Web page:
Something white lifted up from inside the boat. It was just a flicker, but looked like a woman's arm gesturing for help. A superstitious shiver lifted the wet hairs on his neck. A man in a Norfolk tavern had told him the story of the Lady of the Lake—the ghost of an Indian girl who had died in the Great Dismal Swamp on the way to a tryst with her lover. The sight of her canoe always came as a dire warning, the man had said. However, Wiki ducked his head down and swam for the boat because he reckoned he had no choice.

Another dozen strokes and he was there. Wiki gripped the rough wooden gunwale on the side away from the beach, shaking his head vigorously to flap his long hair away from his face and blinking water from his eyes. Then he froze, his grasp convulsive. There was a dead woman lying in the bottom of the boat.
She was laid out formally, as if in a coffin, stretched out on her back beneath the single thwart with her gown spread neatly all the way to the toes of her satin slippers, her hands clasped together on her breast. A paddle lay tidily beside her, its blade still wet. Wiki knew something of boat burials. In the remote Pacific he had visited atolls where it was the custom for a funeral canoe to be pushed out to sea with the corpse inside. Too, he had read about Viking funerals, where important cadavers were placed in longships and buried or burned or set adrift; but this was definitely his first personal experience of any such thing. He was also certain boat burial was not the custom in Virginia.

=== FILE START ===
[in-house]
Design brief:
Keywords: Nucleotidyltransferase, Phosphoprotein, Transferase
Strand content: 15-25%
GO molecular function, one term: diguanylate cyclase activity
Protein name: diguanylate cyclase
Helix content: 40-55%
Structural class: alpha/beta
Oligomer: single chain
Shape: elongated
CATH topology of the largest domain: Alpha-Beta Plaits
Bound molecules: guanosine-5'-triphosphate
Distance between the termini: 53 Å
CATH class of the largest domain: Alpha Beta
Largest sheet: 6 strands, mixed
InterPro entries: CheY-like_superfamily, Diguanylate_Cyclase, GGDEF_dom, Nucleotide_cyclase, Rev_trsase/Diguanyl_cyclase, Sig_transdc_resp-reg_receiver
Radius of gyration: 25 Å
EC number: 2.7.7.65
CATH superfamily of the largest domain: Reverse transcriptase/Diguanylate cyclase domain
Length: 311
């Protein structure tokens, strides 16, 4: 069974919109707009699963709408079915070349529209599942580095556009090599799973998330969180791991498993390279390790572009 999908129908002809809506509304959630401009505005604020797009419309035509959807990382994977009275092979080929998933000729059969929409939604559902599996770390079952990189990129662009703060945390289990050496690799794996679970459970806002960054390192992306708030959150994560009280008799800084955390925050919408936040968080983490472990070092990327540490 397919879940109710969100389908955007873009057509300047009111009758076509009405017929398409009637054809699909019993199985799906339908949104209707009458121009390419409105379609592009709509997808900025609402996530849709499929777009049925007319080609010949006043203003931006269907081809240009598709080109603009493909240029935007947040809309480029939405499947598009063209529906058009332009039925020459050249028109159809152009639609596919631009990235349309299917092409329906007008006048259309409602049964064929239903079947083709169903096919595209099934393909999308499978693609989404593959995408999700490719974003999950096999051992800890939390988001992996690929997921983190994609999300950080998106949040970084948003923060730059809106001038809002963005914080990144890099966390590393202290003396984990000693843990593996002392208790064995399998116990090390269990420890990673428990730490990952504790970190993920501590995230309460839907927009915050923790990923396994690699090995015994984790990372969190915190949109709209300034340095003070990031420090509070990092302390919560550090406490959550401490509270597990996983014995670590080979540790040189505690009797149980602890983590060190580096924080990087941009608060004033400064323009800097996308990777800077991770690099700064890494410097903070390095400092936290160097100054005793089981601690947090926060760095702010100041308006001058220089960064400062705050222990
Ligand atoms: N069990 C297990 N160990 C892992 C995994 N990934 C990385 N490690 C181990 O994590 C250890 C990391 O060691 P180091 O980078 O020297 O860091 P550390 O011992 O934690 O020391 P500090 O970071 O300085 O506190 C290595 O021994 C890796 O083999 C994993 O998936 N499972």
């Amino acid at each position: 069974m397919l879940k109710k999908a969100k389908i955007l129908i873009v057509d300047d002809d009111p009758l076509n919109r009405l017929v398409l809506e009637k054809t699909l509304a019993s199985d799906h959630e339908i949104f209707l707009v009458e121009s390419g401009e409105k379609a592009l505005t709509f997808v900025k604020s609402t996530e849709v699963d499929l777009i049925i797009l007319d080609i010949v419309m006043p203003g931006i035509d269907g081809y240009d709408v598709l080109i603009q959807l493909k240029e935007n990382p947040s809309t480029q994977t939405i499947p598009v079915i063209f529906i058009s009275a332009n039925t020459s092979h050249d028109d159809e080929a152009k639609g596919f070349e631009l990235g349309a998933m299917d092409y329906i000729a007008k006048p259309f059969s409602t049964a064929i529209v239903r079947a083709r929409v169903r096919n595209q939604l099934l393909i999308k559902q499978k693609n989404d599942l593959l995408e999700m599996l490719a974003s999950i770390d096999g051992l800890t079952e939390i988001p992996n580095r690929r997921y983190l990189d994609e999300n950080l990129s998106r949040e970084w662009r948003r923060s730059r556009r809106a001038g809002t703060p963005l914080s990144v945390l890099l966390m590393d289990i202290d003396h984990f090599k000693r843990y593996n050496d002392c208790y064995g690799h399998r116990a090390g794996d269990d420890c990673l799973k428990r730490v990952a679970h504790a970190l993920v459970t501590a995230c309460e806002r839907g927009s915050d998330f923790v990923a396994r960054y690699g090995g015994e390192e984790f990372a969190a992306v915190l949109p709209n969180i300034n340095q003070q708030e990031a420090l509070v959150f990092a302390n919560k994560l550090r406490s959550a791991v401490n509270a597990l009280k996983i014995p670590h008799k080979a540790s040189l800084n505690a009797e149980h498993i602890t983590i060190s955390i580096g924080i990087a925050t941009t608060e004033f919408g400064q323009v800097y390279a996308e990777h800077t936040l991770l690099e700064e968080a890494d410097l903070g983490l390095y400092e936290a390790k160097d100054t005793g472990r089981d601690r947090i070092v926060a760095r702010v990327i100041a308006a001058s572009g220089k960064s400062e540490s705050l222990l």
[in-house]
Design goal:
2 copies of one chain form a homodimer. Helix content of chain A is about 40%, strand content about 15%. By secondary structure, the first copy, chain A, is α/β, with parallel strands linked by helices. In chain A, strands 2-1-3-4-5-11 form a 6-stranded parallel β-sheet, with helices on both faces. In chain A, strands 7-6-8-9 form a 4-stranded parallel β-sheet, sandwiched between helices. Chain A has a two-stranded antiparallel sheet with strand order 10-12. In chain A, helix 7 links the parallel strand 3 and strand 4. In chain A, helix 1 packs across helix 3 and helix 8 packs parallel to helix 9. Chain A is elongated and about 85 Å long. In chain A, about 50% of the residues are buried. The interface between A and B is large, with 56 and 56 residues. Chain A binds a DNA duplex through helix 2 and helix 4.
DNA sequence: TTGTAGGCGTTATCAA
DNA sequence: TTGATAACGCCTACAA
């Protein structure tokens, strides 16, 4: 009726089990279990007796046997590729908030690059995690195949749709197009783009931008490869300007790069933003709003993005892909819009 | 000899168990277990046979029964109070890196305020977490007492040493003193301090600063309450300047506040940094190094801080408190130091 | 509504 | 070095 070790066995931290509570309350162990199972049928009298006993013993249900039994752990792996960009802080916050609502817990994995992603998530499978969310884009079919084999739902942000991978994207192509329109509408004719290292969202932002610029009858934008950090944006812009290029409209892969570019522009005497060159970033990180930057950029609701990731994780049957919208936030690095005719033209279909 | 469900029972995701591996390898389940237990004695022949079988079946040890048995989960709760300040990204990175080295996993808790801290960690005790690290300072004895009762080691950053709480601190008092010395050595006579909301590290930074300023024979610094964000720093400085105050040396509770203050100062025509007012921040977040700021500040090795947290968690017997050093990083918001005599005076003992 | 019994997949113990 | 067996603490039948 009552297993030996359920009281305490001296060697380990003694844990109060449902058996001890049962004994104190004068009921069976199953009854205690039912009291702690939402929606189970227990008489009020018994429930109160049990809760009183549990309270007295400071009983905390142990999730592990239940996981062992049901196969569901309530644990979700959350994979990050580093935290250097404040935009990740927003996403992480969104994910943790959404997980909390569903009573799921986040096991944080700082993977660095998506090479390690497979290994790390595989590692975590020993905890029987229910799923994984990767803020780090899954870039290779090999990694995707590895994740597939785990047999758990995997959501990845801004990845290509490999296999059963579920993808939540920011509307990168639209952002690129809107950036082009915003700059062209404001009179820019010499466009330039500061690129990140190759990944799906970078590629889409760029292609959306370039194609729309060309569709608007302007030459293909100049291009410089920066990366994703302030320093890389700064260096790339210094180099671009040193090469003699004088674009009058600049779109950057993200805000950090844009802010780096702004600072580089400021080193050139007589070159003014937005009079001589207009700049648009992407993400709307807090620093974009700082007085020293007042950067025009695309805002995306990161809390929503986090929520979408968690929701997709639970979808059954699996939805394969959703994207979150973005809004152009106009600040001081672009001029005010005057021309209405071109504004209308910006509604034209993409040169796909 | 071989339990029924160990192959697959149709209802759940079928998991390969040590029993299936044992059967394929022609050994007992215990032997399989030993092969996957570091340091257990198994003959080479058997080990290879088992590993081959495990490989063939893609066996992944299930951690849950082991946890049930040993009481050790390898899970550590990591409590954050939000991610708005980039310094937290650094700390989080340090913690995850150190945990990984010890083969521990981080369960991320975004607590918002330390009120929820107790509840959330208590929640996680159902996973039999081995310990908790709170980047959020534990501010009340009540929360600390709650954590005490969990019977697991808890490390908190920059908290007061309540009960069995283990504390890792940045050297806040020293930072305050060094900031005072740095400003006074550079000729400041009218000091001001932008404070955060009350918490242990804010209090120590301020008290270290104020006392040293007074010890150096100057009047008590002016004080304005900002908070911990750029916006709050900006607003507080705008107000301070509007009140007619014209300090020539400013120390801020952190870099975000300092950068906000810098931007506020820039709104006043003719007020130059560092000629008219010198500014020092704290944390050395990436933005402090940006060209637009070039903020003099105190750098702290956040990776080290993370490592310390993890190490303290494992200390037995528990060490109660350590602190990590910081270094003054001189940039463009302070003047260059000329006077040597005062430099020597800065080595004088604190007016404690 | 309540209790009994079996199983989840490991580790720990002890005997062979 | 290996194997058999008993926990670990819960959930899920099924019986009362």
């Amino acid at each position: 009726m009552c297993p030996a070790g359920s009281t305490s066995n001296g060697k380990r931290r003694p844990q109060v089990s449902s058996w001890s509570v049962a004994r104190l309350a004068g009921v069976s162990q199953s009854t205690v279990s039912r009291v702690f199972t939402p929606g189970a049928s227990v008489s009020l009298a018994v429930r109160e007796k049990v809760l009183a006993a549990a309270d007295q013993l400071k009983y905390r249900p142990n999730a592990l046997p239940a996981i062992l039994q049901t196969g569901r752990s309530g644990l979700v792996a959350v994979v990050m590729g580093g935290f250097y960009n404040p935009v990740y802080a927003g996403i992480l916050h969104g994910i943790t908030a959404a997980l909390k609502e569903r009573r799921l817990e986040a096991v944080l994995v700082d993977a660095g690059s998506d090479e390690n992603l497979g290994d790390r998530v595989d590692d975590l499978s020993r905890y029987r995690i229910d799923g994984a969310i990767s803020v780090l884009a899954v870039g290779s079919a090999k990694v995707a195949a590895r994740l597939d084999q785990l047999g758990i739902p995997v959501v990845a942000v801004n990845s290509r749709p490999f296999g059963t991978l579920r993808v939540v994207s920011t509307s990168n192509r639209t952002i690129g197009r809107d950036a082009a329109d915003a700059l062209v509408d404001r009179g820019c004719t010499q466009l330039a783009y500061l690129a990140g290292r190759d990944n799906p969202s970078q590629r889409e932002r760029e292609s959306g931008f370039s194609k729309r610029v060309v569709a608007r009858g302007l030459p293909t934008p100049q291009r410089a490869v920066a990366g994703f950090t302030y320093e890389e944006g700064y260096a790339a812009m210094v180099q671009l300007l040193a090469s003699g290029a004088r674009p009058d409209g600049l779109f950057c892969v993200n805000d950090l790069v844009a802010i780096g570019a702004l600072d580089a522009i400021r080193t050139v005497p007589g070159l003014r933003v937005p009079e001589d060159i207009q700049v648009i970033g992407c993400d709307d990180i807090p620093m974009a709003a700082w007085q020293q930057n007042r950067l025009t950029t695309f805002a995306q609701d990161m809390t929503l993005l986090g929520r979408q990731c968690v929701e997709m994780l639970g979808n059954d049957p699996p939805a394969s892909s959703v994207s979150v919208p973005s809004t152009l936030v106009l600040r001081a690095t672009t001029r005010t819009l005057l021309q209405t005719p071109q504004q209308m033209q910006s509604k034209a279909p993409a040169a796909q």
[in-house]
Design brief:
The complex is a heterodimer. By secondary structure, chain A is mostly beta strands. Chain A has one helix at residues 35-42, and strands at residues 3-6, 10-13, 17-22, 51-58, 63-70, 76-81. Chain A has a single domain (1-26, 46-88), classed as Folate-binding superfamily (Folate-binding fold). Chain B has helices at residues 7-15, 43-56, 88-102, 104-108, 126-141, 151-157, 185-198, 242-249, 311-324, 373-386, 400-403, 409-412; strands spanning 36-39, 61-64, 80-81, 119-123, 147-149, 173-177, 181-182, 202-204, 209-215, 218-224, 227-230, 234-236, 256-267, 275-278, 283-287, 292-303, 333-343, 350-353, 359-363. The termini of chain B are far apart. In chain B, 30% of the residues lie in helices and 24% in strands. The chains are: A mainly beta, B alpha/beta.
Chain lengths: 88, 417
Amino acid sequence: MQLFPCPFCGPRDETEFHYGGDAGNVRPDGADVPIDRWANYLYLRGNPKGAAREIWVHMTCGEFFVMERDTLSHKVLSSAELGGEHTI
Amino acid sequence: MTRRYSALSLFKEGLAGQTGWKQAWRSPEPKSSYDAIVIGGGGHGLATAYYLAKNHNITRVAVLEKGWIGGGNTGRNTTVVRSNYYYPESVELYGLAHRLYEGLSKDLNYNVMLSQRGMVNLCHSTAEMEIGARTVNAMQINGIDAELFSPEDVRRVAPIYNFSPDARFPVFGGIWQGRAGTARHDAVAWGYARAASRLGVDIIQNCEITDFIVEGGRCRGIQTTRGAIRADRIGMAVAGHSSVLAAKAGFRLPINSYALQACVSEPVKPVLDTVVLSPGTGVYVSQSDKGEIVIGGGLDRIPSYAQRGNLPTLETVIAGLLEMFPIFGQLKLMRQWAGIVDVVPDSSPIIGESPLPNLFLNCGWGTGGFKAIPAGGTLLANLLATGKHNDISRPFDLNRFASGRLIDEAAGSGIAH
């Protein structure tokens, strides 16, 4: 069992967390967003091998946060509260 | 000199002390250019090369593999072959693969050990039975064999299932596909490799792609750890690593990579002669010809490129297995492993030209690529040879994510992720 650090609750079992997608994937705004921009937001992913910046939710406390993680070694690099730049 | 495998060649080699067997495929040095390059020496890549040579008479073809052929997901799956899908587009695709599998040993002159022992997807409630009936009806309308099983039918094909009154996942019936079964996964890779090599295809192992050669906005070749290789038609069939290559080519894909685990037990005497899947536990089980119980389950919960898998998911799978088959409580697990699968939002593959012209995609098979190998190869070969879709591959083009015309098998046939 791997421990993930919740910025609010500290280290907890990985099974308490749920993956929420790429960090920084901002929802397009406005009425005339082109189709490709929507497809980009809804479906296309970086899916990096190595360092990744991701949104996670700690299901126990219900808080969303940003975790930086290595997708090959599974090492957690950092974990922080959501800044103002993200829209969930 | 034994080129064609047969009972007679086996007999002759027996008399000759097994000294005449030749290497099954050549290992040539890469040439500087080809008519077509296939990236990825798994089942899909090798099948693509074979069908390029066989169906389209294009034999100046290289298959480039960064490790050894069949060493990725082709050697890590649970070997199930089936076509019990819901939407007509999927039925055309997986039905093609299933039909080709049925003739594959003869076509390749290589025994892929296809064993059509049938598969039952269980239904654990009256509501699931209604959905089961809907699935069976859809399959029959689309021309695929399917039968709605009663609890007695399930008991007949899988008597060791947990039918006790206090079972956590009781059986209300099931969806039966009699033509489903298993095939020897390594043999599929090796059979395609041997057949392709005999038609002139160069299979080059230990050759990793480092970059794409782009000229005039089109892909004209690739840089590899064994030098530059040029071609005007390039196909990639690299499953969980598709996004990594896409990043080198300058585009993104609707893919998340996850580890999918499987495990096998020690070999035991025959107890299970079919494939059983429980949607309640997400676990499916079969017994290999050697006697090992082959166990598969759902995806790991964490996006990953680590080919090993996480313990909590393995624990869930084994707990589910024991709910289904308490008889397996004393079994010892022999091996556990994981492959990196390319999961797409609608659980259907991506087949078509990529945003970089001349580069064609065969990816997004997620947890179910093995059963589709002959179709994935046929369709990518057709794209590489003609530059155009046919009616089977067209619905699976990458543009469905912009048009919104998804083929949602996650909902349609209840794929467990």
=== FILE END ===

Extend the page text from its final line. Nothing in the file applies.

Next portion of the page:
The dead woman appeared to be quite young, not much older than himself. Her muslin gown was white, and he saw that a fold of this, catching the breeze, had tricked him into thinking it was a beckoning arm. Realizing that she had not been dead many hours, he shivered again. The yellow curls that escaped from her lace cap still held some of the shine of life. Then, as the boat bobbed with his weight on the gunwale, the woman's head fell to one side, and her mouth gaped. She had been beautiful, but now she looked grotesque.

He heard shouts and the thump of hooves and looked up to see that people had burst out onto the riverbank, followed by a big man on a horse, who held himself as if he was someone official. The low sun caught the glitter of the badge he wore on his coat. The law, Wiki realized—maybe even the sheriff, which meant there was a good chance it was safe to return to the beach. Perhaps they had arrested the rifleman. He slid hand over hand along the side until he came to the trailing painter, and then, drawing the rope over his shoulder, he gripped the cut end between his teeth and began to swim, lugging the boat with its macabre burden behind him.